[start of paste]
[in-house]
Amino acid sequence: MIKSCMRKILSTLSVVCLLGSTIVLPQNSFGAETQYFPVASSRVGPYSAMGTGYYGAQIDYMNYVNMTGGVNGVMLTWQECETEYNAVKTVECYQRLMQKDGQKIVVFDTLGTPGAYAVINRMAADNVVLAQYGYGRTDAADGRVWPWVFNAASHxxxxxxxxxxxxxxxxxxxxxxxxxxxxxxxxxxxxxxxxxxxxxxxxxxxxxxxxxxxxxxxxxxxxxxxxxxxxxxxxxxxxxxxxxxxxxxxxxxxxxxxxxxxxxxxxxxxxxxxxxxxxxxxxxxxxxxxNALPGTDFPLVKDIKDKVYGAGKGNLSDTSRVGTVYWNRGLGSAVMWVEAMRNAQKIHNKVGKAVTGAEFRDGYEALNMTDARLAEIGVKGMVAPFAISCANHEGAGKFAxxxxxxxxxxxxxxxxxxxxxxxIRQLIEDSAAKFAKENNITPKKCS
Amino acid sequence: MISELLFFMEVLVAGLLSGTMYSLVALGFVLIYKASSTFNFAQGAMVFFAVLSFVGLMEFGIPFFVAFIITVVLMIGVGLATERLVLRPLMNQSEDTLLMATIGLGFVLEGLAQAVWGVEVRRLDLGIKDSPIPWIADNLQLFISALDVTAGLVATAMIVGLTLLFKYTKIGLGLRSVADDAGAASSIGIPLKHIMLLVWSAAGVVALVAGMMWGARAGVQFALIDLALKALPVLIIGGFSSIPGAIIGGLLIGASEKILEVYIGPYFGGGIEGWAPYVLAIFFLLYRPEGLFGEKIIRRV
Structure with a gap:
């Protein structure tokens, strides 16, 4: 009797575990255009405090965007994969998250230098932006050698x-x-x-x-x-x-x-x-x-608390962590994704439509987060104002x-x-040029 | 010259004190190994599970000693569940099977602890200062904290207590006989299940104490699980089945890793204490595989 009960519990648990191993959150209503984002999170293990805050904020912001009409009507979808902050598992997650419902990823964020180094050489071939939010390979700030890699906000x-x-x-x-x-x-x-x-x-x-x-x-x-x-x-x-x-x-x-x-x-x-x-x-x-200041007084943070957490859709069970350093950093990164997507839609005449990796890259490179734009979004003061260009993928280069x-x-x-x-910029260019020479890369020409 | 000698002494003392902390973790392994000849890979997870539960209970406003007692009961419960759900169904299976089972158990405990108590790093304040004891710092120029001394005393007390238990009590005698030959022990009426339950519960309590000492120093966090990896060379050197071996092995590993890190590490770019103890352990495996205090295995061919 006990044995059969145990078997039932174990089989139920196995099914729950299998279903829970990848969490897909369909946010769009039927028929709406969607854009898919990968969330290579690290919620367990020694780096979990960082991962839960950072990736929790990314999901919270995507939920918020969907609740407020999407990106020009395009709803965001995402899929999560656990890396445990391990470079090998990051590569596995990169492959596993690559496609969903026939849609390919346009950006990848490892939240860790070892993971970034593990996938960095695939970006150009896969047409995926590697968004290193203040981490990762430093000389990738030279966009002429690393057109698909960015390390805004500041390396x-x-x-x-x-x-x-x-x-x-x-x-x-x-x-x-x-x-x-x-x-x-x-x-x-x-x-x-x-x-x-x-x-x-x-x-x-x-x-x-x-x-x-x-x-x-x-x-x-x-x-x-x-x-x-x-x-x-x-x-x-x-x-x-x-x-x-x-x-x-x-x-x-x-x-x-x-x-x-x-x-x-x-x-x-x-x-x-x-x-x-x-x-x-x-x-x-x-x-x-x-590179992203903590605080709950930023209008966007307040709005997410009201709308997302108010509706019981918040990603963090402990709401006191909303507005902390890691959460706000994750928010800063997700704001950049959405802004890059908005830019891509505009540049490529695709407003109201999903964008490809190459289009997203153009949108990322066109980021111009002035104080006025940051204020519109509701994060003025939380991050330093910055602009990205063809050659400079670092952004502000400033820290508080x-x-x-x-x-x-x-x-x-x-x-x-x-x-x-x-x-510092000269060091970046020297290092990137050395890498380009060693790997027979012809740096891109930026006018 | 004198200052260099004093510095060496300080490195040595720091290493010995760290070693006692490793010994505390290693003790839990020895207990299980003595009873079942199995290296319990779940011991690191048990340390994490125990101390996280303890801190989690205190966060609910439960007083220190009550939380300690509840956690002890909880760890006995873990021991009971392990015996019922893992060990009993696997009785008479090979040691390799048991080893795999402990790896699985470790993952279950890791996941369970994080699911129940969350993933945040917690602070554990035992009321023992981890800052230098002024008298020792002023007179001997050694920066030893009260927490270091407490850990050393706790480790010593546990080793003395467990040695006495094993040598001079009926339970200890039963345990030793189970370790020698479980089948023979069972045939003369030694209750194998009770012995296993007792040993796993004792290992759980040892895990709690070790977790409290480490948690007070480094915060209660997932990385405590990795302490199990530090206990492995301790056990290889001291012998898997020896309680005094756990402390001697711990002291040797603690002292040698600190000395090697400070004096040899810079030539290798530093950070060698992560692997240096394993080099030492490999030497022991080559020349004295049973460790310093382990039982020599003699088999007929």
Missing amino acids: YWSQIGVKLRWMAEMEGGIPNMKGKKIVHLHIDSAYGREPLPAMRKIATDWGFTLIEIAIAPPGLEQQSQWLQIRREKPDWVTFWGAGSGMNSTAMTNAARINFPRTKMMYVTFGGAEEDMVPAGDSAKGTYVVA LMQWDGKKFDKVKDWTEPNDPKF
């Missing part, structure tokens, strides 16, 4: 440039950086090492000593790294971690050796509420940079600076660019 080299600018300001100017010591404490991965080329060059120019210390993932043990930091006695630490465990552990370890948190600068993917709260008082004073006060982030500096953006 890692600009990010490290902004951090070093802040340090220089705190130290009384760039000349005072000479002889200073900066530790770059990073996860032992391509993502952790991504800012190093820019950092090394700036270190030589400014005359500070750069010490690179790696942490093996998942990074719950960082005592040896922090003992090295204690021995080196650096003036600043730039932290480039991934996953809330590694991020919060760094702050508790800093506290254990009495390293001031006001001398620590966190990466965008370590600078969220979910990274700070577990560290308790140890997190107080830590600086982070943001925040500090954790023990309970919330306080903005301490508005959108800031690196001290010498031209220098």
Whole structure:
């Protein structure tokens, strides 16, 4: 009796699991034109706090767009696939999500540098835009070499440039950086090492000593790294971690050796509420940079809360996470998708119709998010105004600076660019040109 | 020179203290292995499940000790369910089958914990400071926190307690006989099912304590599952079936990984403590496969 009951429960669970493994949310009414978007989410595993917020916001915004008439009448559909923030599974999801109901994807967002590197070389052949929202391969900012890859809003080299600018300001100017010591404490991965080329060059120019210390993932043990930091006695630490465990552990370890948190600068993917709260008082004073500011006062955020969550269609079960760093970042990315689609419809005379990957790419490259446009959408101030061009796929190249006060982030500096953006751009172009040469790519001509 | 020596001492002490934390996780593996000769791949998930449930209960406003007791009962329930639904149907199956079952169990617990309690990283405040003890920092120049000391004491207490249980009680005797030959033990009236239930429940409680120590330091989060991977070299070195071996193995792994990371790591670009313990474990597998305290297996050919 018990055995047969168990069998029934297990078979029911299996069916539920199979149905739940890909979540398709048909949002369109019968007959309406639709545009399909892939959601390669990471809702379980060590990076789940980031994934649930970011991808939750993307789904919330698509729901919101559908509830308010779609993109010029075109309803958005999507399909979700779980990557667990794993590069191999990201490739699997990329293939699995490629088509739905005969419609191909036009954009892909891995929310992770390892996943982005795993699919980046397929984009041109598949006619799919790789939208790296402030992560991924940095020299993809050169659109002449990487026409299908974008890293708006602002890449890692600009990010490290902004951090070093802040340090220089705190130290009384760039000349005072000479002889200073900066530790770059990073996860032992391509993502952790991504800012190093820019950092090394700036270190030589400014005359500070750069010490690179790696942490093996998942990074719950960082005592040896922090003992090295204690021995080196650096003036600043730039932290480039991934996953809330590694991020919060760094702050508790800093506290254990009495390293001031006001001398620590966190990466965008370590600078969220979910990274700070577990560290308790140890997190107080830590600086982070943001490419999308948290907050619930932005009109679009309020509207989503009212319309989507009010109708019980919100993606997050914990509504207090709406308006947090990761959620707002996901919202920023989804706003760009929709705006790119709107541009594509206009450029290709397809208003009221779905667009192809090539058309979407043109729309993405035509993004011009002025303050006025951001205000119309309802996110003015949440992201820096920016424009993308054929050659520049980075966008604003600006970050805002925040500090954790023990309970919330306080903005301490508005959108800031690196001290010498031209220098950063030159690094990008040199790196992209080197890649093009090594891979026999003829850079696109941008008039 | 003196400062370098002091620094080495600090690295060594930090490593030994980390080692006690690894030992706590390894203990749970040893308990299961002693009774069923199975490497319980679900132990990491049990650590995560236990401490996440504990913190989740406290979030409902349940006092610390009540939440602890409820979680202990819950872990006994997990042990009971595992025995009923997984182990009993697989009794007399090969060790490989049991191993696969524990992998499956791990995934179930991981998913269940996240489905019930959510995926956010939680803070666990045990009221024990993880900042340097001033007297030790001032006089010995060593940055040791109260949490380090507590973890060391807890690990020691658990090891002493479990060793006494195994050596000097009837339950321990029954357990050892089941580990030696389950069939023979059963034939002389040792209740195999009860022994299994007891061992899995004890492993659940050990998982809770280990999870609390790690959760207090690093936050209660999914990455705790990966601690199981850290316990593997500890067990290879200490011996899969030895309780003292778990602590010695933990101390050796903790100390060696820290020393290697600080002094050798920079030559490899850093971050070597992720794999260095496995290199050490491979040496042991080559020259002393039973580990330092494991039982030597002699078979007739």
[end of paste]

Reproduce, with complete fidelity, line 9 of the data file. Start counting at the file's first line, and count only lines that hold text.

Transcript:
């Protein structure tokens, strides 16, 4: 009796699991034109706090767009696939999500540098835009070499440039950086090492000593790294971690050796509420940079809360996470998708119709998010105004600076660019040109 | 020179203290292995499940000790369910089958914990400071926190307690006989099912304590599952079936990984403590496969 009951429960669970493994949310009414978007989410595993917020916001915004008439009448559909923030599974999801109901994807967002590197070389052949929202391969900012890859809003080299600018300001100017010591404490991965080329060059120019210390993932043990930091006695630490465990552990370890948190600068993917709260008082004073500011006062955020969550269609079960760093970042990315689609419809005379990957790419490259446009959408101030061009796929190249006060982030500096953006751009172009040469790519001509 | 020596001492002490934390996780593996000769791949998930449930209960406003007791009962329930639904149907199956079952169990617990309690990283405040003890920092120049000391004491207490249980009680005797030959033990009236239930429940409680120590330091989060991977070299070195071996193995792994990371790591670009313990474990597998305290297996050919 018990055995047969168990069998029934297990078979029911299996069916539920199979149905739940890909979540398709048909949002369109019968007959309406639709545009399909892939959601390669990471809702379980060590990076789940980031994934649930970011991808939750993307789904919330698509729901919101559908509830308010779609993109010029075109309803958005999507399909979700779980990557667990794993590069191999990201490739699997990329293939699995490629088509739905005969419609191909036009954009892909891995929310992770390892996943982005795993699919980046397929984009041109598949006619799919790789939208790296402030992560991924940095020299993809050169659109002449990487026409299908974008890293708006602002890449890692600009990010490290902004951090070093802040340090220089705190130290009384760039000349005072000479002889200073900066530790770059990073996860032992391509993502952790991504800012190093820019950092090394700036270190030589400014005359500070750069010490690179790696942490093996998942990074719950960082005592040896922090003992090295204690021995080196650096003036600043730039932290480039991934996953809330590694991020919060760094702050508790800093506290254990009495390293001031006001001398620590966190990466965008370590600078969220979910990274700070577990560290308790140890997190107080830590600086982070943001490419999308948290907050619930932005009109679009309020509207989503009212319309989507009010109708019980919100993606997050914990509504207090709406308006947090990761959620707002996901919202920023989804706003760009929709705006790119709107541009594509206009450029290709397809208003009221779905667009192809090539058309979407043109729309993405035509993004011009002025303050006025951001205000119309309802996110003015949440992201820096920016424009993308054929050659520049980075966008604003600006970050805002925040500090954790023990309970919330306080903005301490508005959108800031690196001290010498031209220098950063030159690094990008040199790196992209080197890649093009090594891979026999003829850079696109941008008039 | 003196400062370098002091620094080495600090690295060594930090490593030994980390080692006690690894030992706590390894203990749970040893308990299961002693009774069923199975490497319980679900132990990491049990650590995560236990401490996440504990913190989740406290979030409902349940006092610390009540939440602890409820979680202990819950872990006994997990042990009971595992025995009923997984182990009993697989009794007399090969060790490989049991191993696969524990992998499956791990995934179930991981998913269940996240489905019930959510995926956010939680803070666990045990009221024990993880900042340097001033007297030790001032006089010995060593940055040791109260949490380090507590973890060391807890690990020691658990090891002493479990060793006494195994050596000097009837339950321990029954357990050892089941580990030696389950069939023979059963034939002389040792209740195999009860022994299994007891061992899995004890492993659940050990998982809770280990999870609390790690959760207090690093936050209660999914990455705790990966601690199981850290316990593997500890067990290879200490011996899969030895309780003292778990602590010695933990101390050796903790100390060696820290020393290697600080002094050798920079030559490899850093971050070597992720794999260095496995290199050490491979040496042991080559020259002393039973580990330092494991039982030597002699078979007739």